Seven Weeks of Seafood: Seafood consumption always soars this time of year for reasons that can be religious, cultural, seasonal or some combination thereof. In this series, we feature dishes and styles of seafood to take you beyond the basics, to show the diversity of flavors at hand and to inspire some new cravings.
Whole Stuffed Flounder, New Orleans Style
Whole fish has caught on at restaurants all over. It’s part of the nose-to-tail dining ethos, applied to seafood, and it can make a stunning presentation on the table.
But in New Orleans, one particular angle on the concept is a longstanding local classic. Whole stuffed flounder is a throwback dish, one with nostalgic allure, an old fashioned aesthetic and a persistently loyal fan base that keeps it in demand at the small circuit of restaurants still serving it.
“It’s the kind of dish where when one goes out to the dining room, everyone who knows about it, their eyes light up and the people who don’t, they ask about it,” said John Fury, proprietor of Fury’s Restaurant, who serves the whole, stuffed fish fried or broiled.
Whole flounder is a big, plate-sized serving, usually weighing in at a pound and quarter or so. The payoff is big too. Different parts of the fish give different flavor and texture -- meaty here, thin and crisp there, with a flavor that tastes like fish without being “fishy.”
But it’s also easy to see why whole flounder is no longer a staple at more restaurants. Time consuming to prepare and sometimes hard to source, it requires a certain dedication from the kitchen. It tends to be pricy, often $30 or more. And it takes some diligence from diners. If you just jab your fork right in, eating whole flounder can feel like biting into a box of toothpicks. But scrape your fork away from the backbone, and the fish slips free in great white drifts.
Fresh catch, long history
Generations of New Orleanians learned this technique at the old lakefront seafood restaurants of the West End, where the cravings and the template for the dish were set. Bruning’s in particular made whole flounder its signature dish. Fury’s own rendition goes back to the Bounty, a West End restaurant John Fury’s father operated for years before opening the family’s Metairie restaurant in 1983.
While the original West End restaurants are all long gone, their traditions inspired some of the dishes at Blue Crab Restaurant & Oyster Bar, part of the new wave of waterfront eateries. Whole stuffed flounder is prominent on the menu.
The style endures at one very old waterfront restaurant too, this time across Lake Pontchartrain in Manchac. At Middendorf’s, whole flounder is a counterpoint to the famous razor-thin fried catfish at Middendorf’s. It comes to the table sizzling on a metal platter, split open and heaped with a dressing that’s chunky with shrimp and crab and browned it into a craggy surface.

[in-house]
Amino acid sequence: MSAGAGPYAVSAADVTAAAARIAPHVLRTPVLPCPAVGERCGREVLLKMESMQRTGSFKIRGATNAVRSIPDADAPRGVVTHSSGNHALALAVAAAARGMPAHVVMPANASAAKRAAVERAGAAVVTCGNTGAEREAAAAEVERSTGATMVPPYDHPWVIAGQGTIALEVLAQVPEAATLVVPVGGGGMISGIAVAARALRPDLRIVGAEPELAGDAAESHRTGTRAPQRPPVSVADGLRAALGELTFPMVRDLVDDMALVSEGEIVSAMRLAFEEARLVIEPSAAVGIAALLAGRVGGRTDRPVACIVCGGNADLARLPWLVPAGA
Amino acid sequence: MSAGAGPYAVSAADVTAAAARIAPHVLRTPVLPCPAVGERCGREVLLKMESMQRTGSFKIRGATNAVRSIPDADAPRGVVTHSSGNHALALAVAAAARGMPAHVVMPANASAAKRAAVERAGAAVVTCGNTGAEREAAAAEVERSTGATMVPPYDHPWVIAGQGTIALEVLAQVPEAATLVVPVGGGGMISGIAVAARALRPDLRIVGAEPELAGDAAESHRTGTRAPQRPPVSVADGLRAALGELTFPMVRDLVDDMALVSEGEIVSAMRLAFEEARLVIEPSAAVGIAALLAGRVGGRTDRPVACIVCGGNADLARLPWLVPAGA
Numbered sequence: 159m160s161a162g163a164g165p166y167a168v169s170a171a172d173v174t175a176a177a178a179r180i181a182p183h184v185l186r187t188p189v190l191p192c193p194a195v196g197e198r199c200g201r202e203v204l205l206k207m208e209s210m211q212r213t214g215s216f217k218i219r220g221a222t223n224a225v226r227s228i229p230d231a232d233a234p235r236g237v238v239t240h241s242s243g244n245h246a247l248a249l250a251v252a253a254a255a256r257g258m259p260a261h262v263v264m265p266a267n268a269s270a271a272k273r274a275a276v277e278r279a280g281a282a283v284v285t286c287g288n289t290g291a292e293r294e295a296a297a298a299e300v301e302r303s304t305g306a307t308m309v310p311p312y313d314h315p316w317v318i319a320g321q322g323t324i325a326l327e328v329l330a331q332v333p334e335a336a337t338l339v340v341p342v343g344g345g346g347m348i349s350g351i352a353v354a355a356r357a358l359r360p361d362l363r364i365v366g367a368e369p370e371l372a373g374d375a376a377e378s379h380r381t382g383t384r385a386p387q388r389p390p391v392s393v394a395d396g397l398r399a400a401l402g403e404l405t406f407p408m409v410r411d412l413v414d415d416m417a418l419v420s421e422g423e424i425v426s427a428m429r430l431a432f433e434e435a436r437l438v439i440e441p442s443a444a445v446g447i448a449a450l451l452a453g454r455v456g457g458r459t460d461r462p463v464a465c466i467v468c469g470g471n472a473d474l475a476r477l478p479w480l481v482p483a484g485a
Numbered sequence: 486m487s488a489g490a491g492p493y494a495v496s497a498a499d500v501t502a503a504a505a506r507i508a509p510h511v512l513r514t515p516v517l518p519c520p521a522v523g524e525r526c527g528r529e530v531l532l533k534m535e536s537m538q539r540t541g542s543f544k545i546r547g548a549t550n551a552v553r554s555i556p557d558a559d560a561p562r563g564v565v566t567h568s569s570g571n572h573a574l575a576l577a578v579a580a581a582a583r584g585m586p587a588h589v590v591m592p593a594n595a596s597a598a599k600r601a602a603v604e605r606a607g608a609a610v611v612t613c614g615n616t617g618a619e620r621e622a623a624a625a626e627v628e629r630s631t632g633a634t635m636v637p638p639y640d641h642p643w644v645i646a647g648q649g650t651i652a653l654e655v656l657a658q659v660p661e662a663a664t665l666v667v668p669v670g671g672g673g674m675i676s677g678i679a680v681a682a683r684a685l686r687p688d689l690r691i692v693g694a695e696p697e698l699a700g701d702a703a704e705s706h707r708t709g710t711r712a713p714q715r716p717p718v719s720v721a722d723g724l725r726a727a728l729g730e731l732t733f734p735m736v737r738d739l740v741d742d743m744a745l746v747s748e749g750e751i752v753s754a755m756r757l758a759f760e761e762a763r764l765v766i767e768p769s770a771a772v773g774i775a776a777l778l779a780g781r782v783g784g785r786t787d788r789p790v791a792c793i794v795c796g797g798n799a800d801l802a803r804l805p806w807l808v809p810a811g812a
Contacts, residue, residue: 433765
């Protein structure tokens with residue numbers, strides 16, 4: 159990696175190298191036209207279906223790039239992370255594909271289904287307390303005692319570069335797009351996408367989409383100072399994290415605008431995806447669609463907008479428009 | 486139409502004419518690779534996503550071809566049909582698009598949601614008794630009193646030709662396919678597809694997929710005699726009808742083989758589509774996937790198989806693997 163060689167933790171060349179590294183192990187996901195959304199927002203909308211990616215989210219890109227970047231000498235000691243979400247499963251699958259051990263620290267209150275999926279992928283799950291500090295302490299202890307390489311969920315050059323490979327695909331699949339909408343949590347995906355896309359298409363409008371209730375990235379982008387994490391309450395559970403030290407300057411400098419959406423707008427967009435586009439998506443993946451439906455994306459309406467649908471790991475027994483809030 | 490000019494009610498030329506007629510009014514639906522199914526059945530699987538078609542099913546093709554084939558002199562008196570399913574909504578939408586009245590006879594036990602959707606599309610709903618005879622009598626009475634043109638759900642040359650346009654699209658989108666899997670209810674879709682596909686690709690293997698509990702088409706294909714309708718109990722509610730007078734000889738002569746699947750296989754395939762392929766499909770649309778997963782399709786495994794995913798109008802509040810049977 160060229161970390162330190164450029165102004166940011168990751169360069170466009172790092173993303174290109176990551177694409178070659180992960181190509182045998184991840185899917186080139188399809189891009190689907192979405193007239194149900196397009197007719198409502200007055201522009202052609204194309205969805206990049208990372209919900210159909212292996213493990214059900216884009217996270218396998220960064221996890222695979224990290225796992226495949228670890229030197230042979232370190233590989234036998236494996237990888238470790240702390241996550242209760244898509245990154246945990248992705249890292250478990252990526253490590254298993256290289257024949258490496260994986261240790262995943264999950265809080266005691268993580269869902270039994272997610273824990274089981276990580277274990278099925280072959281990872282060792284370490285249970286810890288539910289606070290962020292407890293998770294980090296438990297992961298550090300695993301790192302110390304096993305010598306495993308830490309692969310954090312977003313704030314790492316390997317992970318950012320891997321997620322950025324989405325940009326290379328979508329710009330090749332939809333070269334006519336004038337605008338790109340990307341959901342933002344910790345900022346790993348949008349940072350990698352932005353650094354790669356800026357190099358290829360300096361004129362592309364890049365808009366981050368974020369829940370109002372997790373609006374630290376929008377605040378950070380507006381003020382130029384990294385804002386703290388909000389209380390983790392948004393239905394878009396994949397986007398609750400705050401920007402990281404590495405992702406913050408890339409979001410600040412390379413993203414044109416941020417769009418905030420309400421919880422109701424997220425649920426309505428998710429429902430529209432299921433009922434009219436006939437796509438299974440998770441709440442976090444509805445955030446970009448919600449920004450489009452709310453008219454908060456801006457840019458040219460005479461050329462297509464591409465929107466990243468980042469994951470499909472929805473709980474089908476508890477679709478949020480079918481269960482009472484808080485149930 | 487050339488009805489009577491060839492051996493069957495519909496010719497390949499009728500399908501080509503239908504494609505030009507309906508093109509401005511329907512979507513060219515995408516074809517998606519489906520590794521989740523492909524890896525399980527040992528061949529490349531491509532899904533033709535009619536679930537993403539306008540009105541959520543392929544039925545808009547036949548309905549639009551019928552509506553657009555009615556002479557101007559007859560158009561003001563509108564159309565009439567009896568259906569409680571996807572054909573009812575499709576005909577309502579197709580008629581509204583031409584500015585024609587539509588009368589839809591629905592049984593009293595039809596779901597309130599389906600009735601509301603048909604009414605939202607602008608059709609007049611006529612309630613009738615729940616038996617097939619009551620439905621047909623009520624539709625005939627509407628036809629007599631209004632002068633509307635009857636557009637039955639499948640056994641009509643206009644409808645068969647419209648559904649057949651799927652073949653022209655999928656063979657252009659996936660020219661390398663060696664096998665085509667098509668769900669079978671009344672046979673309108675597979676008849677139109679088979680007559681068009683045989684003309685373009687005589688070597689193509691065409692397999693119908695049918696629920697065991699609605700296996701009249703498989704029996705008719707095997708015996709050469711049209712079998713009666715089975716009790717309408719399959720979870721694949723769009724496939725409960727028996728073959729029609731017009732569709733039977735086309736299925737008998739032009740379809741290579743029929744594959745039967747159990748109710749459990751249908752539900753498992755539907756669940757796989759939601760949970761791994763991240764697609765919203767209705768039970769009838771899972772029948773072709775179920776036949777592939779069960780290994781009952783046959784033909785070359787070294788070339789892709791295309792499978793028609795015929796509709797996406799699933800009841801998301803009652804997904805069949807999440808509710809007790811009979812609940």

Co-owner Karen Pfiefer says the recipe goes back to “Mama Josie,” or Josephine Middendorf, the original tastemaker for the restaurant, which her family opened in 1934.
It took a little sleuthing for chef Brian Landry to arrive at the recipe for the whole stuffed flounder he serves at Borgne, the modern Louisiana seafood house he opened with the Besh Restaurant Group in 2012. The New Orleans native grew up eating at West End restaurants, and in a quest to replicate it Landry asked suppliers and purveyors and cooks for insight on the old standard.
Naturally, this yielded conflicting reports. But he got enough information to devise his own method. Coated in rice flour, the whole fish gets a quick fry. Then the shrimp and crab dressing is planted on top, over the skin, and the fish is baked. Finally it’s finished off in the broiler and drizzled with lemon butter. Experienced flounder eaters can be observed flipping the fish over about halfway through to get at the underside, which has soaked in the sauce and juices.
Even as other dishes have cycled off the Borgne menu, Landry says flounder has proven enduringly popular.
“Locals love it and know how to eat it,” said Landry. “I love putting it on our holiday menus, when there are way more locals here. It just explodes.”
Whole flounder remains its own niche, though the dish can change radically from kitchen to kitchen. At Fury’s, the flounder is traditional, right down to the triangles of toast laid underneath, but it still also follows a distinctive house style, prepared in a style John Fury calls “funky bone.”
In the kitchen, cooks remove the backbone and splay one of the fillets in half, creating a three pronged presentation. It makes the fish a little more user friendly, and it increases the total fried surface area, creating more variation across the large dish.
Richard Hughes, chef/owner of the Pelican Club, is familiar with the old lakefront standard, though at his own upscale French Quarter restaurant he’s taken the dish in a much different direction. It’s fried and served with head and tail, but his flounder tastes more Thai than Creole, with a sweet, citrusy, chile-spiked sauce around the plate and, instead of seafood stuffing, a clutch of shrimp, a fat sea scallop and a multicolor hash of peppers and cilantro riding over the top.
“It took a little while, but it caught on,” Hughes recalled of the dish’s debut back in the 1990s. “Now, among the regulars, about half of them order it every time.”
Five spots for whole stuffed flounder
7900 Lakeshore Dr., 504-284-2898
601 Loyola Ave., 504-613-3860
724 Martin Behrman Ave., Metairie, 504-834-5646
30160 Hwy 51, Manchac, 985-386-6666
312 Exchange Place, 504-523-1504
Follow Ian McNulty on Twitter @IanMcNultyNOLA.